2008/10/04

Biden Clueless on Constitution

In the Vice-Presidential Debate October 2, Sen. Joseph Biden continued a pattern I have observed over the years he has been in public office: He seems unable to mention the Constitution without getting it wrong. His mentions of it during this debate was no exception. Let's examine some of his statements:
... in an Obama-Biden administration, there will be absolutely no distinction from a constitutional standpoint or a legal standpoint between a same-sex and a heterosexual couple.

The fact of the matter is that under the Constitution we should be granted -- same-sex couples should be able to have visitation rights in the hospitals, joint ownership of property, life insurance policies, et cetera. That's only fair.

It's what the Constitution calls for. And so we do support it. We do support making sure that committed couples in a same-sex marriage are guaranteed the same constitutional benefits as it relates to their property rights, their rights of visitation, their rights to insurance, their rights of ownership as heterosexual couples do.
He seems to be vaguely referring to the Equal Protection Clause of the 14th Amendment, but that amendment does not address governmental benefits to couples, whether same-sex or opposite-sex. That is a state matter. Constitutionally, there are not supposed to be any federal benefits, one way or another.

Vice President Cheney has been the most dangerous vice president we've had probably in American history. The idea he doesn't realize that Article I of the Constitution defines the role of the vice president of the United States, that's the Executive Branch. He works in the Executive Branch. He should understand that. Everyone should understand that.

And the primary role of the vice president of the United States of America is to support the president of the United States of America, give that president his or her best judgment when sought, and as vice president, to preside over the Senate, only in a time when in fact there's a tie vote. The Constitution is explicit.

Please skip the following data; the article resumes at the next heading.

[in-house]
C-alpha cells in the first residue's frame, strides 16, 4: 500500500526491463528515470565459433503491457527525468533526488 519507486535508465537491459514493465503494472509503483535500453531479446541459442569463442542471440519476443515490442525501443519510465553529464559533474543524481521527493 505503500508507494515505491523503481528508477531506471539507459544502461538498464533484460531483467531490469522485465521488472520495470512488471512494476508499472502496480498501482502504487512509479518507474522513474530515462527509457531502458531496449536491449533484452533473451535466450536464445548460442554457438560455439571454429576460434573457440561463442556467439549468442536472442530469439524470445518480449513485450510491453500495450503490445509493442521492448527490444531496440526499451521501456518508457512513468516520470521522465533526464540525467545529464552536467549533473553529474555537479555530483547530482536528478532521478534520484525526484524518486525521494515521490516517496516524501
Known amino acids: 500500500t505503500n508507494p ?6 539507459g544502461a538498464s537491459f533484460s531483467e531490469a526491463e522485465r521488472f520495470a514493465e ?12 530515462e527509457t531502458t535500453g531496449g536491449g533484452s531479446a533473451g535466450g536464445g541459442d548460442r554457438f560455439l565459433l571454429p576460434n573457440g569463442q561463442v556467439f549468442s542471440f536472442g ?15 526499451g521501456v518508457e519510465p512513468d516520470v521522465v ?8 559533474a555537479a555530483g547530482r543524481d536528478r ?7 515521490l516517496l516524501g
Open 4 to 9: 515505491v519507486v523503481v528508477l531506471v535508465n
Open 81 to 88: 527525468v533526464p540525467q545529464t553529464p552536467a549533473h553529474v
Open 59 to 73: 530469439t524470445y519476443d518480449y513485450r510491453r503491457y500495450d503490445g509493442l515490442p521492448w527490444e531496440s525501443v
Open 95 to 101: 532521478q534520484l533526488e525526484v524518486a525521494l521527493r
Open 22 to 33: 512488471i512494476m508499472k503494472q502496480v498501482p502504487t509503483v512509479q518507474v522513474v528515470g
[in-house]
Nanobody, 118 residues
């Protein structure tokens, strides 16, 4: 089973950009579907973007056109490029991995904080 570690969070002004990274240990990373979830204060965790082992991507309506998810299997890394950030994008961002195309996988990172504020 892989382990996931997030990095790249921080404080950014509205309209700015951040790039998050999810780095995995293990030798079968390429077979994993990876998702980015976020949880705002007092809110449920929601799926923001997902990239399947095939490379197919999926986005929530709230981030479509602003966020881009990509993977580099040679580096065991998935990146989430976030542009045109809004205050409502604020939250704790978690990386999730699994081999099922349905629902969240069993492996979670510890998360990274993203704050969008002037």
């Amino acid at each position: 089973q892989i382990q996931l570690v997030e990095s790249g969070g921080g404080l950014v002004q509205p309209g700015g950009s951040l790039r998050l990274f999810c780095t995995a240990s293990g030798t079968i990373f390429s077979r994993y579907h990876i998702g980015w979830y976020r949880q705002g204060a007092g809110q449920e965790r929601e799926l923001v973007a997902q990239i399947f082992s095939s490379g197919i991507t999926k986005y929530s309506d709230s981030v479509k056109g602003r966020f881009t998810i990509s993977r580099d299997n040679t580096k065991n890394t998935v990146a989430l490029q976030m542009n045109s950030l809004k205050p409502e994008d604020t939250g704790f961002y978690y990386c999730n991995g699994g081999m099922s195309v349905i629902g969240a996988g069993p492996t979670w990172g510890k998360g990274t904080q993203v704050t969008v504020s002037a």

The only authority the vice president has from the legislative standpoint is the vote, only when there is a tie vote. He has no authority relative to the Congress.
The constitutional provisions on the Vice-President are in Article I, Section 3, Clauses 4-6. Here is what it says:
The Vice President of the United States shall be President of the Senate, but shall have no Vote, unless they be equally divided.

The Senate shall chuse their other Officers, and also a President pro tempore, in the Absence of the Vice President, or when he shall exercise the Office of President of the United States.

The Senate shall have the sole Power to try all Impeachments. When sitting for that Purpose, they shall be on Oath or Affirmation. When the President of the United States is tried, the Chief Justice shall preside: And no Person shall be convicted without the Concurrence of two thirds of the Members present.

It also provides, in Article II Section 4:

The President, Vice President and all civil Officers of the United States, shall be removed from Office on Impeachment for, and Conviction of, Treason, Bribery, or other high Crimes and Misdemeanors.

Senator Biden is incorrect. The Vice-President may preside over the Senate at any time it is in session, not just to break a tie. One would think that in 35 years in the Senate he would have noticed that the Vice-President has sometimes presided there.

It is interesting to note that there is a flaw in the Constitution here, in that it permits the Vice-President to preside over his own impeachment trial. One suspects he would be under some pressure not to do that.

Gov. Palin does not yet seem to be highly knowledgeable about the Constitution, but at least she hasn't gotten anything about it wrong.

Considering that Sen. Biden has taught constitutional law in a law school, one has to be concerned about how well his students learned the subject, and even more about what he might do if he ever ascended to the presidency.

3 comments:

Philip said...

I think it is safe to say that Sen. Biden would prefer to interpret the Constitution as he would see fit for whatever audience in front of whom he would be currently speaking. This probably would be all too typical of today's politicians (a principle reason why they're not termed "statesmen[women]") and is not necessarily bad.

Under our Constitution, a given Senator has the right to be wrong about his/her given interpretation of what the text actually says. In fact, I'd wager that it is the obligation and responsibility of the other two co-equal Branches to hold him/her, individually, or the body, collectively, responsible for a "bad" interpretation.

The maxim is true: the Federal government will do anything and everything that the People will allow it to do.

Because of this maxim, it is even more so appropriate that -- per your last thought -- all of us would remain diligent to educate, hold accountable and, perhaps most importantly, inspire everyone to be aware of and take action to promote the chains the Constitution was intended to be shackled upon the Feds.

-Phil

John said...
This comment has been removed by the author.
John said...

Interesting read. What is your understanding of Ammendment XX, Section 3? In the unlikely event that Obama would be found not to be a "natural born" citizen, it appears that Biden would act as President, until a new election was completed. Is that right?

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